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DYSMOIA Report Summary

Project ID: 295298
Funded under: FP7-IDEAS-ERC
Country: France

Final Report Summary - DYSMOIA (Dynamic Structural Economic Models: Identification and Estimation)

This research project was first composed of subprojects regarding economic questions that involve inter-temporal tradeoffs for economic agents: education or learning while working, as investments for the future, consumption and savings through financial or non financial assets, asset pricing, stocking behavior of consumers etc. Investigating each of these various cases using empirical economic data involves careful modeling of preferences and expectations of economic agents in dynamic settings and carefully designed empirical strategies.
In the field of earning dynamics studies, earning profiles along the life cycle can be described by three individual specific parameters which summarize individual returns and costs of investment, initial values of human capital stocks and the shadow price of human capital, later in the working life. Estimates, using a French cohort of males working in the private sector and observed from the start of their career until 30 years later (either a single cohort from 1977 to 2007 or multiple ones from 1987 onwards), help predicting well the dynamics of earnings. This allows the inequality of earnings among private sector workers at each point of their life-cycle to be described in clearer way. Starting from a U-shaped profile of inequality at the beginning of the life-cycle, it reaches a plateau after about 15 years. These results thus bring new elements to the debate since earnings inequality has been stable in France in contrast to the UK or the US over this period. The structural model can be also extended in order to understand certain forms of attrition (exits and reentries) that plague studies of earnings dynamics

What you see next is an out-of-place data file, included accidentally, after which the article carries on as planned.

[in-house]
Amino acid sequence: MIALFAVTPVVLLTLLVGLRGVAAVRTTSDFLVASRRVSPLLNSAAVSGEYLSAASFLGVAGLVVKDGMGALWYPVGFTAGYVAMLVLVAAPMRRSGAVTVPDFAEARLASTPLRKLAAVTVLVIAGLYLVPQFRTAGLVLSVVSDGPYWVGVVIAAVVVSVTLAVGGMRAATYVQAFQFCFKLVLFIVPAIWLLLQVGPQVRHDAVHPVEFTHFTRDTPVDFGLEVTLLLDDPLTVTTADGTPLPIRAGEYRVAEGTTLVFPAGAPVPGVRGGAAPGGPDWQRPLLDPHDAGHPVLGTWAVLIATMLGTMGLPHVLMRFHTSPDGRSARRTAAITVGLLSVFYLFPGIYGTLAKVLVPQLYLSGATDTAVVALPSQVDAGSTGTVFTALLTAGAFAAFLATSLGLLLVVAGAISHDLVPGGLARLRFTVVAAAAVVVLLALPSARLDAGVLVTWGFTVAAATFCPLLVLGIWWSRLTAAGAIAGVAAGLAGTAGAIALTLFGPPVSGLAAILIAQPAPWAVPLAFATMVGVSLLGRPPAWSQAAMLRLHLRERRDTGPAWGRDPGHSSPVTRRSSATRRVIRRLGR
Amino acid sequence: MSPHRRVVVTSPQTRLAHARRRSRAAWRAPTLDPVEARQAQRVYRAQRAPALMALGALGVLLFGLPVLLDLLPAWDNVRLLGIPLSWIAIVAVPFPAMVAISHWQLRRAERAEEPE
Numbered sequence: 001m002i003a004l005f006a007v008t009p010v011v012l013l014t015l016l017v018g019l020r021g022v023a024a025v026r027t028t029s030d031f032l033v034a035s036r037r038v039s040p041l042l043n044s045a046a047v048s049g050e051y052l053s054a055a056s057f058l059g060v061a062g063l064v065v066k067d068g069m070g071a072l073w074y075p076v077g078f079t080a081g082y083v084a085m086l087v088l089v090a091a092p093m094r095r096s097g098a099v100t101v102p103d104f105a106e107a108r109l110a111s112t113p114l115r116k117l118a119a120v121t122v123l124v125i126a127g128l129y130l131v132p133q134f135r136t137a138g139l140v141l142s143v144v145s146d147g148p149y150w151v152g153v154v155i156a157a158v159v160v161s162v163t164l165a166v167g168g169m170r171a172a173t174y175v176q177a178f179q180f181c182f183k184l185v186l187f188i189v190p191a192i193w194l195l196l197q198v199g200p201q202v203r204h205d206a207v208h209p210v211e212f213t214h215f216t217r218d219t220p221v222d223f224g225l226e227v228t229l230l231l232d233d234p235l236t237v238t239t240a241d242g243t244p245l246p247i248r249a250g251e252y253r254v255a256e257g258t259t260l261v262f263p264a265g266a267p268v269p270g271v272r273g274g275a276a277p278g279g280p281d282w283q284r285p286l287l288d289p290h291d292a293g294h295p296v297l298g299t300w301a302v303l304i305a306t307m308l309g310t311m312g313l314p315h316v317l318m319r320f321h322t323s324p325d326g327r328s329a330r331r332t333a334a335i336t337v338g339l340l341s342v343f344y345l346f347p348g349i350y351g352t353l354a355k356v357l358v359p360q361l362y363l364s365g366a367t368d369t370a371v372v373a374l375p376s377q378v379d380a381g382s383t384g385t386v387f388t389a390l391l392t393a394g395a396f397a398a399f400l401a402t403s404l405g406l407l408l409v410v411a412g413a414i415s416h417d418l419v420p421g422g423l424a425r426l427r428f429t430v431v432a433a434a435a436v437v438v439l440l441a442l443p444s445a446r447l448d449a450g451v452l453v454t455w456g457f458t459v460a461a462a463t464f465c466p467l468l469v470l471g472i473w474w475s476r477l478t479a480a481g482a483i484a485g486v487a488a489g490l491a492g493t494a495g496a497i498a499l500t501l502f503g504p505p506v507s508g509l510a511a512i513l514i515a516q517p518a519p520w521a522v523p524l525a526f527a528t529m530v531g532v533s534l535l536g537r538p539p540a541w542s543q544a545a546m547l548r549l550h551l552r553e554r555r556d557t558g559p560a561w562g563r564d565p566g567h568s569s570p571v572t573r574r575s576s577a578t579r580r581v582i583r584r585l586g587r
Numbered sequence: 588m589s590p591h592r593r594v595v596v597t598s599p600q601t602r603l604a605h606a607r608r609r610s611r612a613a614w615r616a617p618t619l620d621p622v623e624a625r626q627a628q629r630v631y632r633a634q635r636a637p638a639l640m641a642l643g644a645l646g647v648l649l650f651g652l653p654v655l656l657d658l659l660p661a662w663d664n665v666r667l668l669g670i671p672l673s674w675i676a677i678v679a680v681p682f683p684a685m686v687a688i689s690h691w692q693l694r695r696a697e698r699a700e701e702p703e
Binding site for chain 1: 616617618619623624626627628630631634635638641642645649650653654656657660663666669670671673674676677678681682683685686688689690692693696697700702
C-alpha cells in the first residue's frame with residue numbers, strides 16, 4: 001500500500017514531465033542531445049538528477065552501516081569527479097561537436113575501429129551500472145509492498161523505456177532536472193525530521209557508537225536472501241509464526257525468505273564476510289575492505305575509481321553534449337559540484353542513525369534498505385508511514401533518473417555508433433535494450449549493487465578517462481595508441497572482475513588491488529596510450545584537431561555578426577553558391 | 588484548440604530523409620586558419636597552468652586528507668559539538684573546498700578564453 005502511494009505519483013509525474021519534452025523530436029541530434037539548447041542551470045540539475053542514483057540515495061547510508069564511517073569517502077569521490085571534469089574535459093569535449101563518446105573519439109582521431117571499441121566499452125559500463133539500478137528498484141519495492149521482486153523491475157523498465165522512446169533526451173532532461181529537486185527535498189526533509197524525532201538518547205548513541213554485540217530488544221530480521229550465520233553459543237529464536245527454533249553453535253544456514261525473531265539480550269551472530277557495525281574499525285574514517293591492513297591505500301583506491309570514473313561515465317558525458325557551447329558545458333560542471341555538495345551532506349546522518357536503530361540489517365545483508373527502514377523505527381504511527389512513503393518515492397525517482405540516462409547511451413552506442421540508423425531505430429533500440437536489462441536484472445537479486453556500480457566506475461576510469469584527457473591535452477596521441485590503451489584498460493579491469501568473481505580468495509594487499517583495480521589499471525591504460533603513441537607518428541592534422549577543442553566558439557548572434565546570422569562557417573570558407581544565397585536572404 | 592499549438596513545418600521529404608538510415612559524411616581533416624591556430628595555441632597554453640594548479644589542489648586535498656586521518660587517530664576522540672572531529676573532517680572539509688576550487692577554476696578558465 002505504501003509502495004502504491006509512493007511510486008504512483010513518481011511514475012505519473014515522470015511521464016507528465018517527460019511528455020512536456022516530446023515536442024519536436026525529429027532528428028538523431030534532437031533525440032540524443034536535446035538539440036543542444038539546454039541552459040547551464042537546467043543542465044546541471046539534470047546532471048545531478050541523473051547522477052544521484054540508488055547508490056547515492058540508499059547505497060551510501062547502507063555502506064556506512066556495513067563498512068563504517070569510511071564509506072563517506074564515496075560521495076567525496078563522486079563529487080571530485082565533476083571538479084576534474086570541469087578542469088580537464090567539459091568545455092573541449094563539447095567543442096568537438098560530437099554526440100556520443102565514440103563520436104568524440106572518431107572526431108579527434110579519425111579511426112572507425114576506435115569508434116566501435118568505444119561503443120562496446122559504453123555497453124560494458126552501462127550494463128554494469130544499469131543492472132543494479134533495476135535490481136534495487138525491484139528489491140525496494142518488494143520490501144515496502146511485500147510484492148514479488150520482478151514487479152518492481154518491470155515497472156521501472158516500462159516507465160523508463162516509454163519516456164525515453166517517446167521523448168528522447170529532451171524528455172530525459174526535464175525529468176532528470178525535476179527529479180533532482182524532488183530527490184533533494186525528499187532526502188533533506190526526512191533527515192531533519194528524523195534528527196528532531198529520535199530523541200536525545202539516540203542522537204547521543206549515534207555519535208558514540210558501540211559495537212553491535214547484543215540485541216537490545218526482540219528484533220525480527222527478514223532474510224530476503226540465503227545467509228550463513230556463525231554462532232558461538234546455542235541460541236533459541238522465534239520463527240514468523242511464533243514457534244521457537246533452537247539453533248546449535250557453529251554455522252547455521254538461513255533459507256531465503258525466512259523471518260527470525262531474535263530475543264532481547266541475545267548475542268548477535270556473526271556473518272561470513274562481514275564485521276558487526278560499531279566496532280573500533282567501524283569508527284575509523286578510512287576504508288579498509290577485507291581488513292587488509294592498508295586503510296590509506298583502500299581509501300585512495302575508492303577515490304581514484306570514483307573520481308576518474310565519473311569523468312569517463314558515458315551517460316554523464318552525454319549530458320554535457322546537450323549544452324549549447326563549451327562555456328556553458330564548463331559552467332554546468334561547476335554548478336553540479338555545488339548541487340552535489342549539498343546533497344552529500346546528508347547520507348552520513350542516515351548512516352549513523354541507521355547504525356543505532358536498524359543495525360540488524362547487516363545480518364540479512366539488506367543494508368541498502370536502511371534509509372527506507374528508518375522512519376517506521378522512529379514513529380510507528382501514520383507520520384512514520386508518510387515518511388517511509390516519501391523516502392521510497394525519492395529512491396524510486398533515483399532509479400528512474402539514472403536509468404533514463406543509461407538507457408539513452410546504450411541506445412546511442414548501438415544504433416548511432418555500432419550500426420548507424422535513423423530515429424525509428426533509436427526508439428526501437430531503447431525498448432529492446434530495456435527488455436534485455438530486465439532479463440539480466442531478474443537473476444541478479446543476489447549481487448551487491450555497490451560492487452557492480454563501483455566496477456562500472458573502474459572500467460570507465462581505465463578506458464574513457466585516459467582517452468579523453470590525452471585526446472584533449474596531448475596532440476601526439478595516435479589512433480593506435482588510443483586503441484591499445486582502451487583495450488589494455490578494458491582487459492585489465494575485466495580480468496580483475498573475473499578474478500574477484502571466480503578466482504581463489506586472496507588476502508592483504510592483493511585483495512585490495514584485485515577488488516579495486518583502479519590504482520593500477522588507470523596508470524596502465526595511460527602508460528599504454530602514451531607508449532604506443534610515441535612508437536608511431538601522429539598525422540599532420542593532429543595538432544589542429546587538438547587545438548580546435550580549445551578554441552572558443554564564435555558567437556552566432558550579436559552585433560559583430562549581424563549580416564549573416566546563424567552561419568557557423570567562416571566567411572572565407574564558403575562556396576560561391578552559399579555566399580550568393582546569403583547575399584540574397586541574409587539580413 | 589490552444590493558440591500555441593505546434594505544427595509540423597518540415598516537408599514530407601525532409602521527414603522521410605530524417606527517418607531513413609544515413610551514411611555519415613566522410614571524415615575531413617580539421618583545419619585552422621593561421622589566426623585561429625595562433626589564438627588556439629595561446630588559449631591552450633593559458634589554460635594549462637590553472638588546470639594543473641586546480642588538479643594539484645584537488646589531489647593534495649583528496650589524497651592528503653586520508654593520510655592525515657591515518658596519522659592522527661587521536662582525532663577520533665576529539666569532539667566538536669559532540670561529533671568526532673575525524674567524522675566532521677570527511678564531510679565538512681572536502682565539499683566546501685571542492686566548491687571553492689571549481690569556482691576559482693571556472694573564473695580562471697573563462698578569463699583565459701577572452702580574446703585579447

In a second successful strand of the project, we study allocation mechanisms of students to schools or colleges. Our data are diverse since they are collected in Beijing, high school in Paris, a Federal university in Northeastern Brazil or master students in Toulouse and use diverse mechanisms such as immediate acceptance or deferred acceptance with truncation. We investigate how these mechanisms affect the selection of students and their welfare. We use a theoretical setting known as college choice in the economic literature and which has lead recently to various proposals of attractive allocation mechanisms. Our aim is to prolong this literature in mechanism design in an empirical setting. Our statistical framework generally consists in a standard discrete choice models for student or college preferences and our estimation procedures rely on a careful modeling of expectations in a dynamic game. Using these estimates, we can then compute counterfactuals that compare the effect that truncation or other application costs have on congestion costs and the quality of the matching of students to colleges. This leads to policy recommendations for policy makers regarding the second-best optimality criteria helping to choose between allocation mechanisms.
New data has also be generated by the DYSMOIA project to better understand these economic questions. The PI and his team collected data among high school students and their choice of majors at University in the new allocation system in Brazil that was put in place in recent years. We also collected and analyzed experimental data at the University of Toulouse among graduate students, regarding their choice of a second year master program, by using various popular mechanisms. Finally, we gathered data from undergraduate students in the same University in Brazil as well as in Toulouse to estimate learning models which allow the rules used by the University for course failure or grading to be evaluated. This is part of a recent push forward in empirical economics to marry the experimental approach, that allows experimental variation to be obtained and structural analyzes that complements it. By using a small number of experimental points, structural analysis is founded on extra- and interpolation and this allows economic analyzes to be sturdier.
Last but not least, econometric estimation methods can be designed by adapting the standard set of statistical tools used in panel data or cross-section set-ups. It is also of interest to design new methods that fit better to the type of data we collect or that are more flexible in terms of the models we estimate. This is why part of this research investigates issues in partial identification arising because of using data censored by intervals or issues in non-parametric estimation that leads to imposing minimal requirements on functional forms.

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